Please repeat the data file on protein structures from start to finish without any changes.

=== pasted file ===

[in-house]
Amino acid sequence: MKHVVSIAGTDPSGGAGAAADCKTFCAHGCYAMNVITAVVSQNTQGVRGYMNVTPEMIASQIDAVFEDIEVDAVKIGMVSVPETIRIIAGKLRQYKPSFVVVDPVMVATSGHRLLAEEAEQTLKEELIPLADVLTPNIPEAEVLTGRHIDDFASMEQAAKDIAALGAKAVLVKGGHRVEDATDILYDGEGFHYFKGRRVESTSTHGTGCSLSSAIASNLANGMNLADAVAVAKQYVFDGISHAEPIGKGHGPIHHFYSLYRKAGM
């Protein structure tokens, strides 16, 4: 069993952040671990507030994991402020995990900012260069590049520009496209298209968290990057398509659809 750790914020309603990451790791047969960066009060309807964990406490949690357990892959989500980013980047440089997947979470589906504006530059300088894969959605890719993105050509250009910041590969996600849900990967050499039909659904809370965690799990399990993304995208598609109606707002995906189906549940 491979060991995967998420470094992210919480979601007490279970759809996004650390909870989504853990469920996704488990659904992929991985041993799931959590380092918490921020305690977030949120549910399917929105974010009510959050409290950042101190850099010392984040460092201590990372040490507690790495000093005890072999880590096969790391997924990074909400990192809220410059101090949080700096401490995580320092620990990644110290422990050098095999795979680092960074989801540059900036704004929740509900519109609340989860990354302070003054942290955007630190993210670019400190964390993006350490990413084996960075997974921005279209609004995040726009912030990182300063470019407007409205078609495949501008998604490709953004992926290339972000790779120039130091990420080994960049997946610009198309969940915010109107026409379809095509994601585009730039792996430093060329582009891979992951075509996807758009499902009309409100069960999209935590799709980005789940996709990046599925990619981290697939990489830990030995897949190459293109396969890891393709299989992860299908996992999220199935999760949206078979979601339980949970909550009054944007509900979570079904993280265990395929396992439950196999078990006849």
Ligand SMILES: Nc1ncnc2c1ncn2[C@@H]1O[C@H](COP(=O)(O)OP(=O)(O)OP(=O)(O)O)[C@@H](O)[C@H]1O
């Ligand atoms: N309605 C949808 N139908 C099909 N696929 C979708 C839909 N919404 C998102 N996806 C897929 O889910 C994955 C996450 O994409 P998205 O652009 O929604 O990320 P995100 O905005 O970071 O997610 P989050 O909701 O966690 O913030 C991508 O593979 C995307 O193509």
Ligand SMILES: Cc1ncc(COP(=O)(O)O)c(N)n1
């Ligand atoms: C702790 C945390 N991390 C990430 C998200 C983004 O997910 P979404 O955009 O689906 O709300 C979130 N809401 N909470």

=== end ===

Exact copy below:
[in-house]
Amino acid sequence: MKHVVSIAGTDPSGGAGAAADCKTFCAHGCYAMNVITAVVSQNTQGVRGYMNVTPEMIASQIDAVFEDIEVDAVKIGMVSVPETIRIIAGKLRQYKPSFVVVDPVMVATSGHRLLAEEAEQTLKEELIPLADVLTPNIPEAEVLTGRHIDDFASMEQAAKDIAALGAKAVLVKGGHRVEDATDILYDGEGFHYFKGRRVESTSTHGTGCSLSSAIASNLANGMNLADAVAVAKQYVFDGISHAEPIGKGHGPIHHFYSLYRKAGM
């Protein structure tokens, strides 16, 4: 069993952040671990507030994991402020995990900012260069590049520009496209298209968290990057398509659809 750790914020309603990451790791047969960066009060309807964990406490949690357990892959989500980013980047440089997947979470589906504006530059300088894969959605890719993105050509250009910041590969996600849900990967050499039909659904809370965690799990399990993304995208598609109606707002995906189906549940 491979060991995967998420470094992210919480979601007490279970759809996004650390909870989504853990469920996704488990659904992929991985041993799931959590380092918490921020305690977030949120549910399917929105974010009510959050409290950042101190850099010392984040460092201590990372040490507690790495000093005890072999880590096969790391997924990074909400990192809220410059101090949080700096401490995580320092620990990644110290422990050098095999795979680092960074989801540059900036704004929740509900519109609340989860990354302070003054942290955007630190993210670019400190964390993006350490990413084996960075997974921005279209609004995040726009912030990182300063470019407007409205078609495949501008998604490709953004992926290339972000790779120039130091990420080994960049997946610009198309969940915010109107026409379809095509994601585009730039792996430093060329582009891979992951075509996807758009499902009309409100069960999209935590799709980005789940996709990046599925990619981290697939990489830990030995897949190459293109396969890891393709299989992860299908996992999220199935999760949206078979979601339980949970909550009054944007509900979570079904993280265990395929396992439950196999078990006849």
Ligand SMILES: Nc1ncnc2c1ncn2[C@@H]1O[C@H](COP(=O)(O)OP(=O)(O)OP(=O)(O)O)[C@@H](O)[C@H]1O
């Ligand atoms: N309605 C949808 N139908 C099909 N696929 C979708 C839909 N919404 C998102 N996806 C897929 O889910 C994955 C996450 O994409 P998205 O652009 O929604 O990320 P995100 O905005 O970071 O997610 P989050 O909701 O966690 O913030 C991508 O593979 C995307 O193509």
Ligand SMILES: Cc1ncc(COP(=O)(O)O)c(N)n1
């Ligand atoms: C702790 C945390 N991390 C990430 C998200 C983004 O997910 P979404 O955009 O689906 O709300 C979130 N809401 N909470």